Stevens relishing Pumas challenge
September 5, 2011
Stevens only recently returned to the Test match stage having completed a two-year drugs ban © Getty Images
Prop Matt Stevens has revealed that the England pack plan to give their Argentinian rivals some of their own medicine when the two sides go head-to-head in Dunedin on Saturday.
Stevens is set to win his 36th Test cap at the hi-tech Forsyth-Barr Stadium but it will be his first meeting with the Pumas and he is relishing the opportunity to front up to such grizzled veterans as Mario Ledesma, Marcos Ayerza, Rodrigo Roncero or Martin Scelzo who he believes would all challenge for a World XV.
"Argentina have got some great front rows and we are relishing the challenge," said the 28-year-old Stevens, who is reacquainting himself with the international stage having recently served a two-year drugs ban.
"Scrummaging is about experience. Front row players get better with age and that is the case of Argentina. Their front row would definitely be pushing to be the best in the world. The Argentinian front row are good ball carriers as well, they are not just scrummagers.
"What you will notice about Argentinian sides is that it is an eight-man effort. I think they were the first team to really spearhead scrummaging as an eight. That is what we have done as a pack in the last four or five years. We have tried to push our work with the clubs and with England to scrum as an eight. New Zealand are very good at it, the South Africans are coming up but the Argentina spearheaded it in and we are matching them."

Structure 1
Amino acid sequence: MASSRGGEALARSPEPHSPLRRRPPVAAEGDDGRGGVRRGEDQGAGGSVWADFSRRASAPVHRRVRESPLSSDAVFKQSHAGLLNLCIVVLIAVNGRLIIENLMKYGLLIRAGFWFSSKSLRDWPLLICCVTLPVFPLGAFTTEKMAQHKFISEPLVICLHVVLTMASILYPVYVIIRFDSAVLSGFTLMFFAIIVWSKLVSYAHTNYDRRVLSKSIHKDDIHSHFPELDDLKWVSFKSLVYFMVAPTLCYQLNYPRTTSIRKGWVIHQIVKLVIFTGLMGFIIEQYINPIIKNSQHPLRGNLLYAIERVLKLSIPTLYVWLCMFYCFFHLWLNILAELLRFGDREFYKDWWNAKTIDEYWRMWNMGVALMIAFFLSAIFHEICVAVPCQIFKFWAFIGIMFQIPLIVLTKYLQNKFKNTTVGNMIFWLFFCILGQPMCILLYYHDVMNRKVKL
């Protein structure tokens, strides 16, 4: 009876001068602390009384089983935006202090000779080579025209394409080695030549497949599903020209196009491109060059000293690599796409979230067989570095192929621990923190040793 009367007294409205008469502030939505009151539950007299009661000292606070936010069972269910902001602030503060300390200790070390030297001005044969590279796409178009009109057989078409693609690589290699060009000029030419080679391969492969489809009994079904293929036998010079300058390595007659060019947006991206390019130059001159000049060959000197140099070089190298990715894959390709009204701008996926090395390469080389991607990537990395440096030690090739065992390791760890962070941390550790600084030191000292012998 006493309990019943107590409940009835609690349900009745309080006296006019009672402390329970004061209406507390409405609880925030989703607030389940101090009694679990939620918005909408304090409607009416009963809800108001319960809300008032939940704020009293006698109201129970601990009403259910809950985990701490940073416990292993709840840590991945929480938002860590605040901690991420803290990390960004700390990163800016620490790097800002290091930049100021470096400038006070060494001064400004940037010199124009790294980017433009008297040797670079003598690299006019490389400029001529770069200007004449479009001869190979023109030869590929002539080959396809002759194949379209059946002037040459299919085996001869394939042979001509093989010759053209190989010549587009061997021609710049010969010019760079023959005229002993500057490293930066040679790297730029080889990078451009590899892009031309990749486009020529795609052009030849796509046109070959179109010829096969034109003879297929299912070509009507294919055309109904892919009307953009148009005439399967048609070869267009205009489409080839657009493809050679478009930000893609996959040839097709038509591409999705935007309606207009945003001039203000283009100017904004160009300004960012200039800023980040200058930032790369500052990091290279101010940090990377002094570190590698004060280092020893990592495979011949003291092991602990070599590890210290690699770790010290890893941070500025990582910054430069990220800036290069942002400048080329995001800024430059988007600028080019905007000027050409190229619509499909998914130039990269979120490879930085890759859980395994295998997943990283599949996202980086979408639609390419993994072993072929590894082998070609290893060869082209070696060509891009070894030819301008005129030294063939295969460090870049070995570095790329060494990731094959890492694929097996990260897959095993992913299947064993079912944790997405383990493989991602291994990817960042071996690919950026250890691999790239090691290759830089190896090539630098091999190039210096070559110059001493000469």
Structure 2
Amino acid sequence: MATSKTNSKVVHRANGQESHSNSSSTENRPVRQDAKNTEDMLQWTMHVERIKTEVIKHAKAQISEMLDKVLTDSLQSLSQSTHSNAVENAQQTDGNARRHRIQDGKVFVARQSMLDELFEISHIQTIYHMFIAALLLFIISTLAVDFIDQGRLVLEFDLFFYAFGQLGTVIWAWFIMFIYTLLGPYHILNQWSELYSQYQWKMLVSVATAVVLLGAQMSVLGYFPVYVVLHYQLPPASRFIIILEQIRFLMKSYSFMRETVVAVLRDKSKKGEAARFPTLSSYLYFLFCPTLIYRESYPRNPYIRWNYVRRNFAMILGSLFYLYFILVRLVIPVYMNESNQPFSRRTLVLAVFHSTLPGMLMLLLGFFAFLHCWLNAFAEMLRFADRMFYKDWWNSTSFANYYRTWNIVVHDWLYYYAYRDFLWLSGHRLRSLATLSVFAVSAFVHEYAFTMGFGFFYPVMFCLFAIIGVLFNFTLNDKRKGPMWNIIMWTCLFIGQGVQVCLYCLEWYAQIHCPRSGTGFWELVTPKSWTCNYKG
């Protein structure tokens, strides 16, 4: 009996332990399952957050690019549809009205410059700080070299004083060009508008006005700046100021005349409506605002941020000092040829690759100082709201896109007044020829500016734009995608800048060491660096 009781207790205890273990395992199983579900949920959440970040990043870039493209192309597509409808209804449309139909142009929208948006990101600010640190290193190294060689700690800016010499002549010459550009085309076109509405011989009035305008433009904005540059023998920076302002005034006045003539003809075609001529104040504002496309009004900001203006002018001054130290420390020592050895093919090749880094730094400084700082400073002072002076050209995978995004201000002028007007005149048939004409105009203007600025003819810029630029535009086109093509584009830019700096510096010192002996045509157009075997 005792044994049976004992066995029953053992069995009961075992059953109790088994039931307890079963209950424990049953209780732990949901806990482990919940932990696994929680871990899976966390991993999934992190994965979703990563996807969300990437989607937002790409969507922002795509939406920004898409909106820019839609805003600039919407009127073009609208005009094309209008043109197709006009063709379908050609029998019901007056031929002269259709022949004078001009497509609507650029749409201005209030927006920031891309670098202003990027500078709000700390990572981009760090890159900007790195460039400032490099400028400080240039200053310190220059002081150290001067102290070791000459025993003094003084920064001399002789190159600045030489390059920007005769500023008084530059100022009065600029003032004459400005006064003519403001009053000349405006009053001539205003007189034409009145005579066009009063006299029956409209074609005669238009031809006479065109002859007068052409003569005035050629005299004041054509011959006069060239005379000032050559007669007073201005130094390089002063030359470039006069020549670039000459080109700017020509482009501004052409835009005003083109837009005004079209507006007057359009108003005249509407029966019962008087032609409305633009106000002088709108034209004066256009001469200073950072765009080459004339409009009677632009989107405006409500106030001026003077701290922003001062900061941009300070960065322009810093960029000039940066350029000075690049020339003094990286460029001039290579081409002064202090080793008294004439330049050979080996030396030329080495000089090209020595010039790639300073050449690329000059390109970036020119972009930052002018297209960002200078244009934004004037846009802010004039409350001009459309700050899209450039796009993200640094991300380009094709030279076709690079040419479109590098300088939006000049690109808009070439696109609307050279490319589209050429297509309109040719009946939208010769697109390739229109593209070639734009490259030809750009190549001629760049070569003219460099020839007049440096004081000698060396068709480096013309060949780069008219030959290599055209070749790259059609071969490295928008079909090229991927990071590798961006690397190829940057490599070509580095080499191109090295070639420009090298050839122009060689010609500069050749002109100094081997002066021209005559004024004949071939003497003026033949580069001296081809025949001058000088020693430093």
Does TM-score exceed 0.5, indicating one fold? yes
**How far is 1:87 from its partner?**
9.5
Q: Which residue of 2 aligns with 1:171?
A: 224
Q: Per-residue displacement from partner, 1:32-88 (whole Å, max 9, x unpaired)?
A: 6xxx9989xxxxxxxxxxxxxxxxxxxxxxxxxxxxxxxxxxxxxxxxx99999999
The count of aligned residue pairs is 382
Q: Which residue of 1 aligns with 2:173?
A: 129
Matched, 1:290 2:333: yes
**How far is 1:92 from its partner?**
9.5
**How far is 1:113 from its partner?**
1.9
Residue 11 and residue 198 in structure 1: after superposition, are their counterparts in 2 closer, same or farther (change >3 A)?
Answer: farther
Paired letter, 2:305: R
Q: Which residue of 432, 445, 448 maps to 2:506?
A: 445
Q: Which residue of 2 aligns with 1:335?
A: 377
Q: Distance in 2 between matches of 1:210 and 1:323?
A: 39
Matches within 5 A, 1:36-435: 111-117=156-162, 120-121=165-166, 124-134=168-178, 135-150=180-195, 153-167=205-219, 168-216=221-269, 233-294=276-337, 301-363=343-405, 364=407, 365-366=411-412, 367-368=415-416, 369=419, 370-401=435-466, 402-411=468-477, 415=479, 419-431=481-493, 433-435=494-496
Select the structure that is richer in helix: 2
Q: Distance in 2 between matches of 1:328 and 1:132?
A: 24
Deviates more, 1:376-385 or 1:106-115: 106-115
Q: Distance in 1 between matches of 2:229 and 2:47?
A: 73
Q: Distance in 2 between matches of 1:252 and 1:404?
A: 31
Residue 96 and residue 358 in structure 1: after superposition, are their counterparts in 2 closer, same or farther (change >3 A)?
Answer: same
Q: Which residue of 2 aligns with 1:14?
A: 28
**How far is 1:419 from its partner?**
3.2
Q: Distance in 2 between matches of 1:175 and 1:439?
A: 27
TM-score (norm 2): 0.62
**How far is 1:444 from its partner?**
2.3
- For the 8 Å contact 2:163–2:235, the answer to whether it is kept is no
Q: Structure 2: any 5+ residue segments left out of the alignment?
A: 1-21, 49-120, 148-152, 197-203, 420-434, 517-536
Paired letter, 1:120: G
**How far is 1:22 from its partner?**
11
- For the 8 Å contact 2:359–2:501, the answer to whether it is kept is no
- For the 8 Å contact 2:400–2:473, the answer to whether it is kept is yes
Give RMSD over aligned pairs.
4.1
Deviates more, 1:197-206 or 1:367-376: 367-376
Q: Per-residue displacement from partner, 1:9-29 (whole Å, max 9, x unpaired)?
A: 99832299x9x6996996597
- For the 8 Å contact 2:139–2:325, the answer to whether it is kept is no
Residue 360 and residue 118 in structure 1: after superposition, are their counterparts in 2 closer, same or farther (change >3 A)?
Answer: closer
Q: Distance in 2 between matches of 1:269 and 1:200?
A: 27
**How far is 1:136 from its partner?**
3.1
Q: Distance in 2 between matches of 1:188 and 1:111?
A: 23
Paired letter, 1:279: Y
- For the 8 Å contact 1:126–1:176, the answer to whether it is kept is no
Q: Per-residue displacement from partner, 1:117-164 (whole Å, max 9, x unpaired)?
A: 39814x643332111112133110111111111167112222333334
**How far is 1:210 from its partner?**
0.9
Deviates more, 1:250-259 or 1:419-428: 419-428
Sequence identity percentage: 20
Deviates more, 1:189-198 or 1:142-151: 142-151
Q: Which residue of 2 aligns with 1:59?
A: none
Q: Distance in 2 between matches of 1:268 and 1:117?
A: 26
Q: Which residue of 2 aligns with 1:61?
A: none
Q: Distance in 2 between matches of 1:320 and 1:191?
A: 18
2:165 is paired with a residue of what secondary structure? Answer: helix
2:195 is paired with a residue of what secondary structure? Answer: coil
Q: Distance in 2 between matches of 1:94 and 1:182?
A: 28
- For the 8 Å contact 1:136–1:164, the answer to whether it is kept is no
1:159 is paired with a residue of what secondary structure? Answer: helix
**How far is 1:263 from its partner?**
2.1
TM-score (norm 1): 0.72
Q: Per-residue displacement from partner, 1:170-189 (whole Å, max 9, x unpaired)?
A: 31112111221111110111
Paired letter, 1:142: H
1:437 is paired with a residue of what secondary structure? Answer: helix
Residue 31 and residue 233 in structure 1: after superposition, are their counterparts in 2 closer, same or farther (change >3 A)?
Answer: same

Stevens, who will discover on Thursday whether he starts against the Pumas, is not only a key figure on the field. His musical prowess off the pitch saw 'The Gambler' by Kenny Rogers being adopted as the tour song at the 2007 World Cup but he may have some competition this time around with at least four guitar players in the squad.
"It was 'The Gambler' a few years ago. It is a good team spirit. Manu has got his, Matt Banahan has got his, Jonny has got his - he is very good at it, like everything. Music is a big part of any World Cup whether it is the fans playing and singing their different songs or the teams. It was definitely a binding experience, that last World Cup, and I am sure we will get it in there."
© ESPN Sports Media Ltd.
They came to Murrayfield looking to put down a marker, but Scotland were sent home with their tails between their legs, writes Tristan Barclay
The controversial tackling technique will be in full swing in Dublin on Sunday, writes Conor O'Shea, and could be a decisive factor for Ireland
"This team deserves to be recognised as the greatest of all time." Huw Richards looks at Gareth Edwards' final match for Wales